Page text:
Epiphany Begins January 6!
Adoration of the Magi – Bartholomäus Zeitblom (c. 1450 – c. 1519)
The English word "Epiphany" comes from the Greek word epiphaneia, which means "appearing" or "revealing." Epiphany focuses on God’s self-revelation in Christ.
Epiphany celebrates the twelfth day of Christmas, the coming of the Magi to give homage to God’s Beloved Child.
The Epiphany celebration remembers the three miracles that manifest the divinity of Christ. The celebration originated in the Eastern Church in AD 361, beginning as a commemoration of the birth of Christ. Later, additional meanings were added – the visit of the three Magi, Christ’s baptism in the Jordan River with the voice from heaven that identifies Jesus as God’s son, and his first miracle at the wedding in Cana. These three events are central to the definition of Epiphany, and its meaning is drawn from these occurrences.
In either case, the emphasis is upon God making himself known to the world through Jesus, the divine Son. During Epiphany, the divine words at Jesus’ baptism—"You are my child, my Beloved"—are spoken to every child of God.
The theological essence of Epiphany is found in 2 Timothy 1:10: "And now he has made all of this plain to us by the appearing of Christ Jesus, our Savior. He broke the power of death and illuminated the way to life and immortality through the Good News." If you were reading this verse in Greek, you’d find the word epiphaneia where we have "appearing." God has made "all of this" plain to us through the epiphany of Christ.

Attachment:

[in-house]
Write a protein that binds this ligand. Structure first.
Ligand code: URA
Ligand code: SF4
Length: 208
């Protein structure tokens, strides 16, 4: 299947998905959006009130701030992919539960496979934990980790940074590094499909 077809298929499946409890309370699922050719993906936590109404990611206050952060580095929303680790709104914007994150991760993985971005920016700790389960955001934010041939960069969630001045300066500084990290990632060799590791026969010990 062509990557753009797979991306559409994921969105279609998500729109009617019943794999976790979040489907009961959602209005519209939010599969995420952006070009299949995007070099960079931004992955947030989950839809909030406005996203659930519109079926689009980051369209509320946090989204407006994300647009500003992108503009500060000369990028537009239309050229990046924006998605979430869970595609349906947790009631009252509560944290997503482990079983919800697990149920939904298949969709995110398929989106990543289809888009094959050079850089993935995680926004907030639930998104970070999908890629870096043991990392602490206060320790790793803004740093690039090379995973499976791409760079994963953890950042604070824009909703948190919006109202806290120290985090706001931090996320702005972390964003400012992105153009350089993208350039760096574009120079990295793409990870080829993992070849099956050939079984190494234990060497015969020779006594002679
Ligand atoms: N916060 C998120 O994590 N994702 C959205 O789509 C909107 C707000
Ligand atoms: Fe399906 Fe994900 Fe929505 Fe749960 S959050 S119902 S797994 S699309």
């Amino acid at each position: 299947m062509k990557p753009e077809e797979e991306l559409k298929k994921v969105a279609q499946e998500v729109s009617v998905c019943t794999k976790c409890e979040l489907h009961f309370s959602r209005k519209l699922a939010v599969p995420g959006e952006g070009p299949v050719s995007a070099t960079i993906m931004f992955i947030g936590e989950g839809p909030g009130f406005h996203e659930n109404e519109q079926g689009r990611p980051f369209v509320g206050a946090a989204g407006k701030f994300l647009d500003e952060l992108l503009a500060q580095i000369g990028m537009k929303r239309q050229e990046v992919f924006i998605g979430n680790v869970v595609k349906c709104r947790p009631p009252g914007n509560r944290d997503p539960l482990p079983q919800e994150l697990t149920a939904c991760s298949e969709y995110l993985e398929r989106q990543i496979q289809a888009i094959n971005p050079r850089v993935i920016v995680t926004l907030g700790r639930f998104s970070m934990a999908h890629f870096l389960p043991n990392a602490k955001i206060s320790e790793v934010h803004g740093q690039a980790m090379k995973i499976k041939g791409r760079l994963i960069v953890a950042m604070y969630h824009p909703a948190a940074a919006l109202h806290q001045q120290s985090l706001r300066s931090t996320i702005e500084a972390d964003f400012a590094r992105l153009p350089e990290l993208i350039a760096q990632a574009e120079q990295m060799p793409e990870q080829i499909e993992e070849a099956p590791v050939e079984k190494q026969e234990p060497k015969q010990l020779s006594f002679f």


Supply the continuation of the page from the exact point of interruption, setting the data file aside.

1. Epiphany is the season of the Church year from January 6 to the beginning of Lent which we experience the unfolding of the identity of Jesus as the Son of God through scripture and song.
2. Epiphany is the season of wonder. Epiphany invites us to take the long view of her or his vocation and God’s ministry in the world. The season of Epiphany joins, like Christmas, mysticism and mission in revealing God’s vision for all creation and humankind.
3. Epiphany is about the unexpected: unexpected joys and synchronicities and unexpected challenges and tragedies. Epiphany is filled with unexpected revelations that change our minds and ways.
Some examples – In Epiphany, the magi take another road home; Peter discovers that God’s grace is wider than he ever imagined; and the disciples experience Jesus as transfigured, like Moses, on the mountaintop and then, to their chagrin, realize that beyond the transfiguration stands a cross on the horizon.
Let’s take the magi. The magi left the land they knew, following a light to a place of uncertainty, and discovered the savior of the world, and it changed, literally, the direction of their lives.
As Matthew puts it, "They returned home by another way." The old way of traveling would no longer work. They needed to follow a different path.
At a critical moment in their journey, they realized what the lyrics of that song say: "Today is where your book begins. The rest is still unwritten." Changing direction